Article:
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  • Jan 25, 2018

Former South Korean Culture Minister Jailed For Artist Blacklist

The former culture minister of South Korea, Cho Yoon-sun (center), has received a prison sentence for her involvement with a blacklist that was designed to impede the careers of cultural figures in the country. Image from video by JTBC News.

On Tuesday, January 23, the South Korean appeals court sentenced former cultural minister Cho Yoon-sun to two years in prison for her involvement in drawing up a blacklist of more than 9,000 artists and cultural figures.

The blacklist was a roster of artists, directors, writers and other individuals who were critical of the country’s then-president Park Geun-hye. Those who were affected by the ban included internationally acclaimed film director Park Chan-wook, who is most well known for his film Oldboy (2003), and novelist Han Kang, who won the Man Booker International Prize in 2016 for The Vegetarian (2007). Park and her cohorts intended to put targeted artists under surveillance and block them from receiving state funding, as well as limiting their access to private funding.

Cho was first charged over the blacklist scandal last February, and prior to the appeals court’s review of her case, she had been cleared of the charge and was only given a suspended sentence of one year for perjury in July. On Sunday, January 21, Cho, who was out on bail, was arrested and taken into custody along with Park’s former chief of staff, Kim Chi-choon, whose prison sentence had been increased from three years to four by the high court in Seoul. “It is unprecedented that the president and her aides, who are at the top of the highest powers, organized, planned and carried out such discriminatory treatment,” the court commented. “There is no right or wrong in culture [. . .] once the government discriminates against those who think differently, it leads to totalitarianism.”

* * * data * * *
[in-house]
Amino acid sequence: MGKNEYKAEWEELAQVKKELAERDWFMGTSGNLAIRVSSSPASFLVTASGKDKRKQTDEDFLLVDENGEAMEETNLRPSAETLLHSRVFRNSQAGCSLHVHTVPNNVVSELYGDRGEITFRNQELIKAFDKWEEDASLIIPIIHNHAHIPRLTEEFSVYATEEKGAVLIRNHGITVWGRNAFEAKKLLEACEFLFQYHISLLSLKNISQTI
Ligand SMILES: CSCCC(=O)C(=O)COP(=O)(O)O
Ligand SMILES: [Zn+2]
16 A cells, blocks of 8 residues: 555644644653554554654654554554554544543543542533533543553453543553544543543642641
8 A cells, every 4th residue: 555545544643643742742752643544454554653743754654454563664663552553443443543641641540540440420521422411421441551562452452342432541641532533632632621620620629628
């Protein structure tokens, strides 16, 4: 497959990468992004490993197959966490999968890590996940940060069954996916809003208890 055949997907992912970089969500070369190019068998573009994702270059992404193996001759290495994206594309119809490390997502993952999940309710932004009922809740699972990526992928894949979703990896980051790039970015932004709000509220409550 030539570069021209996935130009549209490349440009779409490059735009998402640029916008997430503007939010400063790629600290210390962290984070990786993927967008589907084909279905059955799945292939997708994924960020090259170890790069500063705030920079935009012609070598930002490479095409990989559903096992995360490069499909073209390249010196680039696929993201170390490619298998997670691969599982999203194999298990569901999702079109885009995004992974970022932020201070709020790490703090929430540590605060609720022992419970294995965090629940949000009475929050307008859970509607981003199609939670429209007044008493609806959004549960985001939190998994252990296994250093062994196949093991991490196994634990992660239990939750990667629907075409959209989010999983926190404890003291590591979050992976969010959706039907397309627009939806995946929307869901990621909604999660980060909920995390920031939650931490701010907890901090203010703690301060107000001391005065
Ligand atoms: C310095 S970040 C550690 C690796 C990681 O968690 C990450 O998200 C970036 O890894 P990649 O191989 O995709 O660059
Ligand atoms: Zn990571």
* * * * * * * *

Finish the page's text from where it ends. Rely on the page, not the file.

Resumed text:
Park, who was impeached for corruption and peddling influence in March 2017, has denied any complicity in the blacklist. She has been standing trial since May 2017.

Julee WJ Chung is the assistant editor of ArtAsiaPacific.

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